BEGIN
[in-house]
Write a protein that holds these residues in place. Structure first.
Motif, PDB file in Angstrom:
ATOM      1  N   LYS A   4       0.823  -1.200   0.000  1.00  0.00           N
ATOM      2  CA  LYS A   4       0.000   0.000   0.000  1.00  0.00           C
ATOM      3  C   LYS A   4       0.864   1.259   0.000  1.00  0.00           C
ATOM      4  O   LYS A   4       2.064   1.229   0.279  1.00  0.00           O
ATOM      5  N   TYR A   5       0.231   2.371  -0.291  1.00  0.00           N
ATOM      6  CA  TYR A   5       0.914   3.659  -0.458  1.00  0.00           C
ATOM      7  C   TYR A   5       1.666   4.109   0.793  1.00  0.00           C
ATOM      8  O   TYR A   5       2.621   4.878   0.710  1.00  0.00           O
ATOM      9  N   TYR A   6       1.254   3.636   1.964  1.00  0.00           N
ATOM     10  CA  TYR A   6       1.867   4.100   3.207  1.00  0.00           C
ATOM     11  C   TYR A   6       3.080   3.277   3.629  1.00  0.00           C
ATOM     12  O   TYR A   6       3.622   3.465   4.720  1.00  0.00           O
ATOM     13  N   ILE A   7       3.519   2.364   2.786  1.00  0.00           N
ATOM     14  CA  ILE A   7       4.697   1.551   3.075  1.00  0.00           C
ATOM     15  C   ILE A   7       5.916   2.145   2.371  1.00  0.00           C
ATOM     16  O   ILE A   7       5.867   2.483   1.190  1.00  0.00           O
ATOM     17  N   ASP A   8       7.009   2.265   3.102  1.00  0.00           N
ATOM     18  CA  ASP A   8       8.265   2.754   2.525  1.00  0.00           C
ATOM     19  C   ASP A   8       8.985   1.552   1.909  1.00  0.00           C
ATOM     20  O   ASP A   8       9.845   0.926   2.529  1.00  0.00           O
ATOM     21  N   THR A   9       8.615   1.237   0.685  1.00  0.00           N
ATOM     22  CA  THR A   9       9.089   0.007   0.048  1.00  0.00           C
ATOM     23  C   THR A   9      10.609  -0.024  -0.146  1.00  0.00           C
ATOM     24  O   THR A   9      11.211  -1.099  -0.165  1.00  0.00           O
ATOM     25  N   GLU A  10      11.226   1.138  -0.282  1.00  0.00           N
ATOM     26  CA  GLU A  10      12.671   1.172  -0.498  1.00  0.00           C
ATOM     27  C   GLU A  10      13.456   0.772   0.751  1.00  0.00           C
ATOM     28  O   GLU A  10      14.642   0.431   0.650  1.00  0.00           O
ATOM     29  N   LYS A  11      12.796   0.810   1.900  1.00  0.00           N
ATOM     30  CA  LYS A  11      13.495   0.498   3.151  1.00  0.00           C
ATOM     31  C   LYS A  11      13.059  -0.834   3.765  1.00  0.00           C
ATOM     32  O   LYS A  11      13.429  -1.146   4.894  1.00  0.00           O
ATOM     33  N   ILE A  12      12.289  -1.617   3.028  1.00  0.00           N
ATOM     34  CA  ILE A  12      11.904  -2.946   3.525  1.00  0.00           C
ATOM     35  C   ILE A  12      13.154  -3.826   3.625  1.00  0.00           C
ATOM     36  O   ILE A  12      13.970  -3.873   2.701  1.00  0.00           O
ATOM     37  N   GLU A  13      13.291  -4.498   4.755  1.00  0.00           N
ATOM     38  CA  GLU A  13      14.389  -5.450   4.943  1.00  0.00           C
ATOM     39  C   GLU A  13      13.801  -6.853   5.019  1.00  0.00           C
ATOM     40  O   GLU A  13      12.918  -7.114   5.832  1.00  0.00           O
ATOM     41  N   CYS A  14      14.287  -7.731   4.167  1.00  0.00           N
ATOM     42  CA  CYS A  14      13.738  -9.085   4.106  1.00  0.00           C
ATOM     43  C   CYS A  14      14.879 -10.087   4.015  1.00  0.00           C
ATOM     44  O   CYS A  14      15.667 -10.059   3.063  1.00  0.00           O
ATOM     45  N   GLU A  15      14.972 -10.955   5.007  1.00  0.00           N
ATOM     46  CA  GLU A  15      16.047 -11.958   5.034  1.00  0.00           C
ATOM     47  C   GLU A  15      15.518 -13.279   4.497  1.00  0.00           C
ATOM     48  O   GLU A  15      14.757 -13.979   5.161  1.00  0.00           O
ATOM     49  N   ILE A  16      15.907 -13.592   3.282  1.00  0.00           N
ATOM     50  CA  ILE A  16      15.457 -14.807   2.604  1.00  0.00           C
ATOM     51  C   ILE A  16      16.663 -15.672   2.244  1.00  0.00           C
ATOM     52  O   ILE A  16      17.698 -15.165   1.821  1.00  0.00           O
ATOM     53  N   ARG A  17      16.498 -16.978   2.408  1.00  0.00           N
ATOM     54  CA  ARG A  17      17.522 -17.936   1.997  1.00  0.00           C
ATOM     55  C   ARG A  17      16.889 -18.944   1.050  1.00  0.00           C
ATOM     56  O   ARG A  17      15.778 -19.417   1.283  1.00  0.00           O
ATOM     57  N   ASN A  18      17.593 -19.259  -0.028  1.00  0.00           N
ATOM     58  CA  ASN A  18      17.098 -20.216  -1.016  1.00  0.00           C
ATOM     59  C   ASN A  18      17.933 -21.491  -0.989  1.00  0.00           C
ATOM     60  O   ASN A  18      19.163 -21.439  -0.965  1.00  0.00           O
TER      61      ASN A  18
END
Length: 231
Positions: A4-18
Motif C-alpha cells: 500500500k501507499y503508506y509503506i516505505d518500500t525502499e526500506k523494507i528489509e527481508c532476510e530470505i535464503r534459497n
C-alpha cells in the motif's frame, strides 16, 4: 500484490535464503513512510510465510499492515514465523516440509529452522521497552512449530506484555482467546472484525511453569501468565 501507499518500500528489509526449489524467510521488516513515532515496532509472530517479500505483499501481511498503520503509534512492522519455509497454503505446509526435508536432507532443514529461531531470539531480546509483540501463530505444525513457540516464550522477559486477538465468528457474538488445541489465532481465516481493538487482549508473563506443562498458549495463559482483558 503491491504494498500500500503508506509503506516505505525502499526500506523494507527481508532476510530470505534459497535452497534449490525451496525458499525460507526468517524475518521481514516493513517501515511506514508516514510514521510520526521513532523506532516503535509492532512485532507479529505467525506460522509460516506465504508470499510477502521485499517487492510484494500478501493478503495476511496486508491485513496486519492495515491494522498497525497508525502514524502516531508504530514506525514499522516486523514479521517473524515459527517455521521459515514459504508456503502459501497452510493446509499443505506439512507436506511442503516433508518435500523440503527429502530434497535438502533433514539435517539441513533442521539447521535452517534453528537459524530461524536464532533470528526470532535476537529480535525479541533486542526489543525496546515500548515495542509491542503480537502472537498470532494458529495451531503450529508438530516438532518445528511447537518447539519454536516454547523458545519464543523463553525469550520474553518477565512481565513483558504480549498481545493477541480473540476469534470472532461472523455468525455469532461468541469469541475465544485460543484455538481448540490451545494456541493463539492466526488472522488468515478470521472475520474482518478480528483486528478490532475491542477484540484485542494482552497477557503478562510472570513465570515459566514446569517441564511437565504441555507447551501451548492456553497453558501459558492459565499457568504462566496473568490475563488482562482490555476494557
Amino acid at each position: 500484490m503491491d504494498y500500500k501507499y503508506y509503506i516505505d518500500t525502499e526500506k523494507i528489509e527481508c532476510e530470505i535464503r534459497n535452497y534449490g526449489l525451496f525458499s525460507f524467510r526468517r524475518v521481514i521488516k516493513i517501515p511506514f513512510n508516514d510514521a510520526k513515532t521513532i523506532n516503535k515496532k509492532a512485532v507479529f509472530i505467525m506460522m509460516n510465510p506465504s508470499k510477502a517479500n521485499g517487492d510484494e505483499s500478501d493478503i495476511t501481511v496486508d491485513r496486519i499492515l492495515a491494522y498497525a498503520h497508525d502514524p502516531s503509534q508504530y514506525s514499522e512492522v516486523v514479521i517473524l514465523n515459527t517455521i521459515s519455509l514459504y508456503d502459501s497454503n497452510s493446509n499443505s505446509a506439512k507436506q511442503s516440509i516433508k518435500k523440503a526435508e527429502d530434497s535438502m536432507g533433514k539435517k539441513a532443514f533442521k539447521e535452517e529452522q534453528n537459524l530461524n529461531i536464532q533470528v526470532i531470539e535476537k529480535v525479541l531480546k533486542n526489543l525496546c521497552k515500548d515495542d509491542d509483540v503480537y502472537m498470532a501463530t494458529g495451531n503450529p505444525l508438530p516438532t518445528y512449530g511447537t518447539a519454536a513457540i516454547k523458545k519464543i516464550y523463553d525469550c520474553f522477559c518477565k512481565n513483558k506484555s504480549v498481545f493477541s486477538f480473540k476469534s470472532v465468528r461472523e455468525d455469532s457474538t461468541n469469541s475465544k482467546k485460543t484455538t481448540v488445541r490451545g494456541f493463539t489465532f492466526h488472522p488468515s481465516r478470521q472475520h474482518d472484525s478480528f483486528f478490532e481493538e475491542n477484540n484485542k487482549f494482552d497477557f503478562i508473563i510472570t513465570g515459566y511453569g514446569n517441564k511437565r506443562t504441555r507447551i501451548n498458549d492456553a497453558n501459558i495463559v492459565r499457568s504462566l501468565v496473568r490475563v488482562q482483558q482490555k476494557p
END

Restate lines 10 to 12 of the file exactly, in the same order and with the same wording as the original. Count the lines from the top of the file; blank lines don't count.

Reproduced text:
ATOM      7  C   TYR A   5       1.666   4.109   0.793  1.00  0.00           C
ATOM      8  O   TYR A   5       2.621   4.878   0.710  1.00  0.00           O
ATOM      9  N   TYR A   6       1.254   3.636   1.964  1.00  0.00           N